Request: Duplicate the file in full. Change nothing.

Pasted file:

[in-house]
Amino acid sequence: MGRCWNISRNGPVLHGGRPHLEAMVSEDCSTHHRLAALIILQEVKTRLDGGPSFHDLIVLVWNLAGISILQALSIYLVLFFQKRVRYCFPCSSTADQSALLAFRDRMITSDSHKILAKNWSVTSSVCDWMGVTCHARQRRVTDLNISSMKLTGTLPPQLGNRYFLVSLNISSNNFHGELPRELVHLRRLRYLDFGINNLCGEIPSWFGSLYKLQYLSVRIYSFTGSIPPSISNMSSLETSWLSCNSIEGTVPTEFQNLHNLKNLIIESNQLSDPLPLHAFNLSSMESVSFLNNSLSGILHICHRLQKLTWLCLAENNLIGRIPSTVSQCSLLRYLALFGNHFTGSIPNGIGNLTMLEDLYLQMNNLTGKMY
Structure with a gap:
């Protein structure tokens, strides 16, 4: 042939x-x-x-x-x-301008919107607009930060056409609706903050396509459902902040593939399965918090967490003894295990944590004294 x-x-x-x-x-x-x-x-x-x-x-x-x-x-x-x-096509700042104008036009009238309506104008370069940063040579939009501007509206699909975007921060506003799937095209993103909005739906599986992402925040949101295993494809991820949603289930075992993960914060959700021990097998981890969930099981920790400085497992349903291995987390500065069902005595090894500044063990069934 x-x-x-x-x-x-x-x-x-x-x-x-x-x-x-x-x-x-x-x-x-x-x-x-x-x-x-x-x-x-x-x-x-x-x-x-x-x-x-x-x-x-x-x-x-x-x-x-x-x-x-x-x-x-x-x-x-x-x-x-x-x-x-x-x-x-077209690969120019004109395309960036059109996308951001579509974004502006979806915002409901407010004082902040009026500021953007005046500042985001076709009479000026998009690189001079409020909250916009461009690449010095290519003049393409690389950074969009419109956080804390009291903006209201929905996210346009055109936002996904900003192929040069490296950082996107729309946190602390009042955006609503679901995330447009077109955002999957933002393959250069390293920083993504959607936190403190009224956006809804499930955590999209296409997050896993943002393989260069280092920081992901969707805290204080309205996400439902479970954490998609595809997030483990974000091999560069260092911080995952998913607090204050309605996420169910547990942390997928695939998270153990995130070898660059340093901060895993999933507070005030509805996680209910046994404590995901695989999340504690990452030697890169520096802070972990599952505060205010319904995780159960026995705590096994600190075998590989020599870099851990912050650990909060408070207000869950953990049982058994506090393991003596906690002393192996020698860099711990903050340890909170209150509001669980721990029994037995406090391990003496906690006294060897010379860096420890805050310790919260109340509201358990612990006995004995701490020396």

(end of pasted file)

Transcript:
[in-house]
Amino acid sequence: MGRCWNISRNGPVLHGGRPHLEAMVSEDCSTHHRLAALIILQEVKTRLDGGPSFHDLIVLVWNLAGISILQALSIYLVLFFQKRVRYCFPCSSTADQSALLAFRDRMITSDSHKILAKNWSVTSSVCDWMGVTCHARQRRVTDLNISSMKLTGTLPPQLGNRYFLVSLNISSNNFHGELPRELVHLRRLRYLDFGINNLCGEIPSWFGSLYKLQYLSVRIYSFTGSIPPSISNMSSLETSWLSCNSIEGTVPTEFQNLHNLKNLIIESNQLSDPLPLHAFNLSSMESVSFLNNSLSGILHICHRLQKLTWLCLAENNLIGRIPSTVSQCSLLRYLALFGNHFTGSIPNGIGNLTMLEDLYLQMNNLTGKMY
Structure with a gap:
């Protein structure tokens, strides 16, 4: 042939x-x-x-x-x-301008919107607009930060056409609706903050396509459902902040593939399965918090967490003894295990944590004294 x-x-x-x-x-x-x-x-x-x-x-x-x-x-x-x-096509700042104008036009009238309506104008370069940063040579939009501007509206699909975007921060506003799937095209993103909005739906599986992402925040949101295993494809991820949603289930075992993960914060959700021990097998981890969930099981920790400085497992349903291995987390500065069902005595090894500044063990069934 x-x-x-x-x-x-x-x-x-x-x-x-x-x-x-x-x-x-x-x-x-x-x-x-x-x-x-x-x-x-x-x-x-x-x-x-x-x-x-x-x-x-x-x-x-x-x-x-x-x-x-x-x-x-x-x-x-x-x-x-x-x-x-x-x-x-077209690969120019004109395309960036059109996308951001579509974004502006979806915002409901407010004082902040009026500021953007005046500042985001076709009479000026998009690189001079409020909250916009461009690449010095290519003049393409690389950074969009419109956080804390009291903006209201929905996210346009055109936002996904900003192929040069490296950082996107729309946190602390009042955006609503679901995330447009077109955002999957933002393959250069390293920083993504959607936190403190009224956006809804499930955590999209296409997050896993943002393989260069280092920081992901969707805290204080309205996400439902479970954490998609595809997030483990974000091999560069260092911080995952998913607090204050309605996420169910547990942390997928695939998270153990995130070898660059340093901060895993999933507070005030509805996680209910046994404590995901695989999340504690990452030697890169520096802070972990599952505060205010319904995780159960026995705590096994600190075998590989020599870099851990912050650990909060408070207000869950953990049982058994506090393991003596906690002393192996020698860099711990903050340890909170209150509001669980721990029994037995406090391990003496906690006294060897010379860096420890805050310790919260109340509201358990612990006995004995701490020396």